Sept. 28 (Bloomberg) -- Italian business confidence fell to the lowest in almost two years in September amid concern that austerity measures and Europe’s sovereign-debt crisis will weigh on economic growth.
The manufacturing-sentiment index dropped to 94.5, the lowest since January 2010, from a revised 98.6 in August, Rome-based national statistics institute Istat said today. Economists had predicted a reading of 98.1, according to the median of 18 estimates in a Bloomberg News survey. Istat originally reported a reading of 99.9 in August.
The mood among executives mirrors Italian consumers’ pessimism as Prime Minister Silvio Berlusconi implements spending cuts and tax increases to shield the country from Europe’s debt crisis. Household confidence fell to the lowest in more than three years in September amid concern about the effects of the government’s 54 billion-euro ($73 billion) deficit-cutting plan, which aims to balance the budget in 2013.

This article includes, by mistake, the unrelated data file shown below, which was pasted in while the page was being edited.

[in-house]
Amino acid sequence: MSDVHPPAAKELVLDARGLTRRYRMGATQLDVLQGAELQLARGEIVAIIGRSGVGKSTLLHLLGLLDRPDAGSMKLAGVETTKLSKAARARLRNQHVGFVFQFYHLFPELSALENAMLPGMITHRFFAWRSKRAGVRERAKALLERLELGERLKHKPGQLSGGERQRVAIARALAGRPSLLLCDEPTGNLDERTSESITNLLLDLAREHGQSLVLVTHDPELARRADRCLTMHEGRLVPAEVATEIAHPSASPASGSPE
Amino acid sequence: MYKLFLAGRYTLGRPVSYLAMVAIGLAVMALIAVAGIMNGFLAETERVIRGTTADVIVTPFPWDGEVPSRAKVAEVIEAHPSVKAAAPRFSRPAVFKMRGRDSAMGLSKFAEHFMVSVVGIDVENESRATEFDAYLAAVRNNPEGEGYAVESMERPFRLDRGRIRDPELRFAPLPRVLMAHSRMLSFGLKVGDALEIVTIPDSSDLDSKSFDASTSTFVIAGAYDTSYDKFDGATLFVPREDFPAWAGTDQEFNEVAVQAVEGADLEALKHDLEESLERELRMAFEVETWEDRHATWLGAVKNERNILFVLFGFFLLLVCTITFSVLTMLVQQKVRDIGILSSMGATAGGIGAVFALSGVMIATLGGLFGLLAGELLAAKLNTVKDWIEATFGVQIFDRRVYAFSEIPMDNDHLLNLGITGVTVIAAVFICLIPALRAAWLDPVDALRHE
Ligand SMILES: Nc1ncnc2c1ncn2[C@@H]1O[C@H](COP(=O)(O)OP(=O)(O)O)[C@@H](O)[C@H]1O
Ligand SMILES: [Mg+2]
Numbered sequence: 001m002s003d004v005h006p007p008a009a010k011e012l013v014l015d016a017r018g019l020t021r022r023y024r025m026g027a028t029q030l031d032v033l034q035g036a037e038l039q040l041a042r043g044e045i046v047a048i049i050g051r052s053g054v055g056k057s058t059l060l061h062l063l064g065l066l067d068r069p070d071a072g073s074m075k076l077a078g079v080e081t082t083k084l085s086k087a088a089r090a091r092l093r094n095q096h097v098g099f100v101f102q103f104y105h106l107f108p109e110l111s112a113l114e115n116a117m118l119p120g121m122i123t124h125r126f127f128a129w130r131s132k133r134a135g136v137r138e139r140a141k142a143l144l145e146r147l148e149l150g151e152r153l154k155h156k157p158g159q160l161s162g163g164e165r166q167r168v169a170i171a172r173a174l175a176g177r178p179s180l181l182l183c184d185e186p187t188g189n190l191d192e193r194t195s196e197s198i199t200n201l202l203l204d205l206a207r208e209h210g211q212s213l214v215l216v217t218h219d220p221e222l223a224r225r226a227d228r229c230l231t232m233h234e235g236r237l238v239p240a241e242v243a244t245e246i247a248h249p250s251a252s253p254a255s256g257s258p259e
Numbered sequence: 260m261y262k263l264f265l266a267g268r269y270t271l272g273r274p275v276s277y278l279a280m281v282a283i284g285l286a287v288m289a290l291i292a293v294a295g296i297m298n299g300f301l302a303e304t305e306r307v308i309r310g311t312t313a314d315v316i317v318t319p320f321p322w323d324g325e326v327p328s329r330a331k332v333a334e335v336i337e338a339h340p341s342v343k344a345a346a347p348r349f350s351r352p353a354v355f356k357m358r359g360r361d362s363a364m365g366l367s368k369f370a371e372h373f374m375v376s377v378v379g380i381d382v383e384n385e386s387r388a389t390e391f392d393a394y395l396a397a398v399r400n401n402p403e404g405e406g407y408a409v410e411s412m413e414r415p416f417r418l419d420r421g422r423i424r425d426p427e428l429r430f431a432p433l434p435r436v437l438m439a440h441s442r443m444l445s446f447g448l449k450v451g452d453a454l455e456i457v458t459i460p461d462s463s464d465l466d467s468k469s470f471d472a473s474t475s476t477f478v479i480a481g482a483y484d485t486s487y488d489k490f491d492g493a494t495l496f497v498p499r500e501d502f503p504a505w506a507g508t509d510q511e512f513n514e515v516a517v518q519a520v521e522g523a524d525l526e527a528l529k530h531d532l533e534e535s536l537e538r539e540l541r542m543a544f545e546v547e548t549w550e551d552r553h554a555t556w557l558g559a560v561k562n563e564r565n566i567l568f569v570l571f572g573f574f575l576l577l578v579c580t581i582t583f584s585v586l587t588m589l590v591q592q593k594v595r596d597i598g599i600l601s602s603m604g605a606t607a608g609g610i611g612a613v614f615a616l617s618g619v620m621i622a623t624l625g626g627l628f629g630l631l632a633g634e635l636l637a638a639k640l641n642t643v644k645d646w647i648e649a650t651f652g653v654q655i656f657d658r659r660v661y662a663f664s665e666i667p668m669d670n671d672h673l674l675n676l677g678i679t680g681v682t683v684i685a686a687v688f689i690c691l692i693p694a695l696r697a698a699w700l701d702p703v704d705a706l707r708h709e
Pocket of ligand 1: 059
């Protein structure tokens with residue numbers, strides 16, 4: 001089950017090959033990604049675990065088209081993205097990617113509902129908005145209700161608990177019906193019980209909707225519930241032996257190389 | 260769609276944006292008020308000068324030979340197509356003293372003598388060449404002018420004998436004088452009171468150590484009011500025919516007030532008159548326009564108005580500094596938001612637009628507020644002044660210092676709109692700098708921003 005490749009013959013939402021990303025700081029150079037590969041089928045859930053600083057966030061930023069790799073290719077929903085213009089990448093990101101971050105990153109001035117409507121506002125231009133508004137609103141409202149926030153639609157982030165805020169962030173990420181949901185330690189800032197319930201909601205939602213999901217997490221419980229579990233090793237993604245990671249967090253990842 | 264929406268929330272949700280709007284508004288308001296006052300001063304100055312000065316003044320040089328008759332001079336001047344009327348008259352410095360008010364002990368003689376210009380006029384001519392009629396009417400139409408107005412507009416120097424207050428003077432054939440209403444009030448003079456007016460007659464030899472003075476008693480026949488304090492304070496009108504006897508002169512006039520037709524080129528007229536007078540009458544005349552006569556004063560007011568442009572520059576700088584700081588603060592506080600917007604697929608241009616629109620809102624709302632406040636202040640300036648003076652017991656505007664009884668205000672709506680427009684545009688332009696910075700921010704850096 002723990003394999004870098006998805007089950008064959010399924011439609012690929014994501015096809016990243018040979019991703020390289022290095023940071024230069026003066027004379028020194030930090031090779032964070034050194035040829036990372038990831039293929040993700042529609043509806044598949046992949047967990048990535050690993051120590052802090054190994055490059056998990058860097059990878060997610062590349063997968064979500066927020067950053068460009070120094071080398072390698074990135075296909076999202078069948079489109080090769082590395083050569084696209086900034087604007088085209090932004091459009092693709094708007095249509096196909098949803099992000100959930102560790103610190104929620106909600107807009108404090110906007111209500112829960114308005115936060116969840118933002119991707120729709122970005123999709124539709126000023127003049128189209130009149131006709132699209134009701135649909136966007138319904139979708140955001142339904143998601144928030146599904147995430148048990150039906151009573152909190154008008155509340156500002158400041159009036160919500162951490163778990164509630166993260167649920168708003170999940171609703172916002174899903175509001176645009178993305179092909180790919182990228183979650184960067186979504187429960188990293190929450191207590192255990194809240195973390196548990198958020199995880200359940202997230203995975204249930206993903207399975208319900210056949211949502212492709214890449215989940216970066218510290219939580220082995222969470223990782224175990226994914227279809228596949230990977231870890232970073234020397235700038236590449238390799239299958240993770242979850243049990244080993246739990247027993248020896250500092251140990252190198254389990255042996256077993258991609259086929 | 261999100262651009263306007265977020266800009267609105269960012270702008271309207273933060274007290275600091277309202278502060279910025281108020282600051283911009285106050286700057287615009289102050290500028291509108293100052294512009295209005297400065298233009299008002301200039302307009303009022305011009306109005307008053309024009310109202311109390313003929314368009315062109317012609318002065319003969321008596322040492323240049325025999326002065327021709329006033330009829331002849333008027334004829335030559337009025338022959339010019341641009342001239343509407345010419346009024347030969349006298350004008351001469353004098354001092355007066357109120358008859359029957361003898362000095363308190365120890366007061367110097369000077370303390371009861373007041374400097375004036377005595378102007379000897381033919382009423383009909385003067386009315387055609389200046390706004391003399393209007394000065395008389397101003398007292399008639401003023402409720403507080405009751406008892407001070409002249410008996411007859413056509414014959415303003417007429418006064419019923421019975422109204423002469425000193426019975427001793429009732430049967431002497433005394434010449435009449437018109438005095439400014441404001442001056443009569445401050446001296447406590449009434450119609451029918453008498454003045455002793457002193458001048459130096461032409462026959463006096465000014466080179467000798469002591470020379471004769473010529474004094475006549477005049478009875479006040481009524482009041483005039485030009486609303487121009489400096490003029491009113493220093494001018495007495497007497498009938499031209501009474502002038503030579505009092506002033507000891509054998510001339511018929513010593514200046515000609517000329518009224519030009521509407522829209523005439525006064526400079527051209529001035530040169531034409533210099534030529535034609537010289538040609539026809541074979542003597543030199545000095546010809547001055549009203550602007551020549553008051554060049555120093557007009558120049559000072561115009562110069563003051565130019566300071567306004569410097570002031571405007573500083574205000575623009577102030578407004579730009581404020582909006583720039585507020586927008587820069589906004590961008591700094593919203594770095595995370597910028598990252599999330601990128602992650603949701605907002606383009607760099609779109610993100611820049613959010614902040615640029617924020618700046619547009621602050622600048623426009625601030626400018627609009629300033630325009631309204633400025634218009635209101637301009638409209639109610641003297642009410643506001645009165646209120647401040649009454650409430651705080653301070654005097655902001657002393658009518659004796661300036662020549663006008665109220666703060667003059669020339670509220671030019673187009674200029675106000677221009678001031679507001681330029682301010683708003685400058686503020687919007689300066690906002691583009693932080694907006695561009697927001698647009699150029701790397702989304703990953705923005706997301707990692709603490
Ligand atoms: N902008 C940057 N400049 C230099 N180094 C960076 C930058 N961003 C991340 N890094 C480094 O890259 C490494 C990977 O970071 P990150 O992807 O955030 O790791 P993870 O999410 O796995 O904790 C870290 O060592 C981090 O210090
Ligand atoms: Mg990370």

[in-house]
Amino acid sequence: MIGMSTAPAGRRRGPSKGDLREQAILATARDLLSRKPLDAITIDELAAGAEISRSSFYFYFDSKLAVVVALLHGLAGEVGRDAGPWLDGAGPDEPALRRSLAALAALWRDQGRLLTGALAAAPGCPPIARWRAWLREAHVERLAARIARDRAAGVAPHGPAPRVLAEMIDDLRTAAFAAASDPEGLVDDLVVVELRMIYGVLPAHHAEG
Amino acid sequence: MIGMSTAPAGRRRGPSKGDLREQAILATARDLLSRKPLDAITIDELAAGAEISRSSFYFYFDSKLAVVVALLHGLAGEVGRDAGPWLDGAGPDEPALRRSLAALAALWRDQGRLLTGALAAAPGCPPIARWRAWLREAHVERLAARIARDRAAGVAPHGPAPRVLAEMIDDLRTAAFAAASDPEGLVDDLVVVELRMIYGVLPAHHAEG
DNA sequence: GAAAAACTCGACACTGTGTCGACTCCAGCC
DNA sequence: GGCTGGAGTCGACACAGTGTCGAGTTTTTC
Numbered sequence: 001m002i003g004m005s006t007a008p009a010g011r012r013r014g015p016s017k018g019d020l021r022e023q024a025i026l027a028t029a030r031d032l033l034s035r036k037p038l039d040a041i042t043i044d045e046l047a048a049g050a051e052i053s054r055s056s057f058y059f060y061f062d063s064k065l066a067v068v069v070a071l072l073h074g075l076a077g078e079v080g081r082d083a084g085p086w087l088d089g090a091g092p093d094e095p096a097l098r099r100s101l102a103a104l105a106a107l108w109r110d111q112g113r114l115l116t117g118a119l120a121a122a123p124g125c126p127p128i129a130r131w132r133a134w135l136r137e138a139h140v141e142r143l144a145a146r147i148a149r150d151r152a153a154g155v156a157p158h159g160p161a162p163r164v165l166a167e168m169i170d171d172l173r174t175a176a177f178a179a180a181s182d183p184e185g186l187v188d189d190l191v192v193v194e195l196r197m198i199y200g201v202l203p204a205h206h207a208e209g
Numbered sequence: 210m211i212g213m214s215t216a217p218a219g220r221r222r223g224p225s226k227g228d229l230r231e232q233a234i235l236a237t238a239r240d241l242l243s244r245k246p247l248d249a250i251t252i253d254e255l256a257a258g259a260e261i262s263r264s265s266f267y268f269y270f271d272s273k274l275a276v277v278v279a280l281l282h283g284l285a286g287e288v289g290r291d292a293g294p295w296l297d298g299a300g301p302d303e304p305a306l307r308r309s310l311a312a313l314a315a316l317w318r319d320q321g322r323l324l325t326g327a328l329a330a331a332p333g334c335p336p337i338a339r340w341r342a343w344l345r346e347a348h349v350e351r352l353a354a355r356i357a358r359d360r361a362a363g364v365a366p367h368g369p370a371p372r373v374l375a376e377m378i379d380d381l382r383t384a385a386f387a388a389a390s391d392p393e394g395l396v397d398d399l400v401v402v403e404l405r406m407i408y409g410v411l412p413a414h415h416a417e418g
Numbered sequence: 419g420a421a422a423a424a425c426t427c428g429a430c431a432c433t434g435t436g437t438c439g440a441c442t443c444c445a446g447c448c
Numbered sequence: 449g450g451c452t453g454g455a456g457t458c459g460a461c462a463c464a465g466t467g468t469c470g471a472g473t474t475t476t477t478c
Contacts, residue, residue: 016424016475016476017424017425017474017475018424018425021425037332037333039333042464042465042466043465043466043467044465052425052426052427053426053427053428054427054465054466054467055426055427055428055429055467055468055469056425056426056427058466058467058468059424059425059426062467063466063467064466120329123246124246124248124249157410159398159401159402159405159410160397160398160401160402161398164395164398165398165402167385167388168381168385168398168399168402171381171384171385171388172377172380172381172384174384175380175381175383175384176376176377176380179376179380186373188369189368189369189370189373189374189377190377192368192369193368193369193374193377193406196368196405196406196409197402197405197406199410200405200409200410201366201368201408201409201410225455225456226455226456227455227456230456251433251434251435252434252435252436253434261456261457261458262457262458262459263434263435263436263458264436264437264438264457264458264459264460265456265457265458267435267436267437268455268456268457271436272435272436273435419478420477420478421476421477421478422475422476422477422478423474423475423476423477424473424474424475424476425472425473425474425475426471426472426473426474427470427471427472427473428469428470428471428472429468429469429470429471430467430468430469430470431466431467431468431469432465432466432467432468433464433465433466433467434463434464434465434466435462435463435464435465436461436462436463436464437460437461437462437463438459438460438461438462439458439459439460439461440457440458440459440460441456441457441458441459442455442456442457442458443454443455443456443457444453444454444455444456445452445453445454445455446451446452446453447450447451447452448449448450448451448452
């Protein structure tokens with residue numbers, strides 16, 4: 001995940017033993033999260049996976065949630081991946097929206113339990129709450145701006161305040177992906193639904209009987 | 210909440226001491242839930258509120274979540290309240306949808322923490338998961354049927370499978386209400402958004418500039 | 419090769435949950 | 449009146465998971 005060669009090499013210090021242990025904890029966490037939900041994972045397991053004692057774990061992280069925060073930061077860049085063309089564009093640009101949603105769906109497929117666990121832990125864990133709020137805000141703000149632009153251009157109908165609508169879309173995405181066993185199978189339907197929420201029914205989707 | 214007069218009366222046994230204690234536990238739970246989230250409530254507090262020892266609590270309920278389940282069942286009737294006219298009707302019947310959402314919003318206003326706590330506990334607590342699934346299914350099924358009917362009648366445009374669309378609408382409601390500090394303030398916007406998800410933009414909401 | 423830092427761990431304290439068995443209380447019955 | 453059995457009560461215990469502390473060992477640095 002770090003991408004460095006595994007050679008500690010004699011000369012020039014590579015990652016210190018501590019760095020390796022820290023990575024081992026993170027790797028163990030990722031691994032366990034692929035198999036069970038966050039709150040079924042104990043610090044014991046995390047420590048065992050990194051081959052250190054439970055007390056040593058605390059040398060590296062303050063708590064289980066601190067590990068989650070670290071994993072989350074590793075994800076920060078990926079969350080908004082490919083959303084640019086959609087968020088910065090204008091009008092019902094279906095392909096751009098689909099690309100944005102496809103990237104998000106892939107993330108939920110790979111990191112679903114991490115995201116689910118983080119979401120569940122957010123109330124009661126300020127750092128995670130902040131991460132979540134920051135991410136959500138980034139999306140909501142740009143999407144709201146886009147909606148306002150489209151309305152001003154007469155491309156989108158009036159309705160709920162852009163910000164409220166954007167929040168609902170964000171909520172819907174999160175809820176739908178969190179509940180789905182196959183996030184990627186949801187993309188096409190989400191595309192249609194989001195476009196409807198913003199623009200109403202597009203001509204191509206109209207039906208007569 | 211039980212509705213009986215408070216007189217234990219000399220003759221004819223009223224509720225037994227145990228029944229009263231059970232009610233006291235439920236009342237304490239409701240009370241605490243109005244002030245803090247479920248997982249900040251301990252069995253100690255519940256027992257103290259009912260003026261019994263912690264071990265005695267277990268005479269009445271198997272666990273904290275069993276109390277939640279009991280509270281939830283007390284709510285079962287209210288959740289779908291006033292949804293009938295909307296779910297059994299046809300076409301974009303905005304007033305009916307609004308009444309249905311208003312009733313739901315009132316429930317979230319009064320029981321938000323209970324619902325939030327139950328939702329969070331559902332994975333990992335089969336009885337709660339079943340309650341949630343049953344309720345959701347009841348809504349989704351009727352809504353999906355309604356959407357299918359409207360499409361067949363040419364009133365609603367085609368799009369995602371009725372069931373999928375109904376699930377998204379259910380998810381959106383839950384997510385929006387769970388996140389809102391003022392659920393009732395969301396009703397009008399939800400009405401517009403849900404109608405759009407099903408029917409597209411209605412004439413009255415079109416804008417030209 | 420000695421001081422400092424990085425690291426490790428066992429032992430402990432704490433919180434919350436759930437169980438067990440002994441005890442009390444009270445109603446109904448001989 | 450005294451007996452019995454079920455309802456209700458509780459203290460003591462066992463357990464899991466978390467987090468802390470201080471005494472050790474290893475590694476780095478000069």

The measures, passed in exchange for European Central Bank purchases of Italian bonds to stem surging borrowing costs, didn’t stop Standard & Poor’s from lowering Italy’s credit rating for the first time in five years on Sept. 19. Moody’s Investors Service had said the week before that Italy remained under review for a downgrade given the “increasingly challenging economic and financial environment and fluid political developments in the euro area.”
Last week, both the International Monetary Fund and the government cut their forecasts for Italian growth. On Sept. 22, the Finance Ministry said the euro area’s third-biggest economy will expand 0.7 percent this year and 0.6 percent next year, compared with April forecasts of 1.1 percent and 1.3 percent, respectively. The IMF predicted an expansion of 0.6 percent in 2011 and 0.3 percent in 2012.
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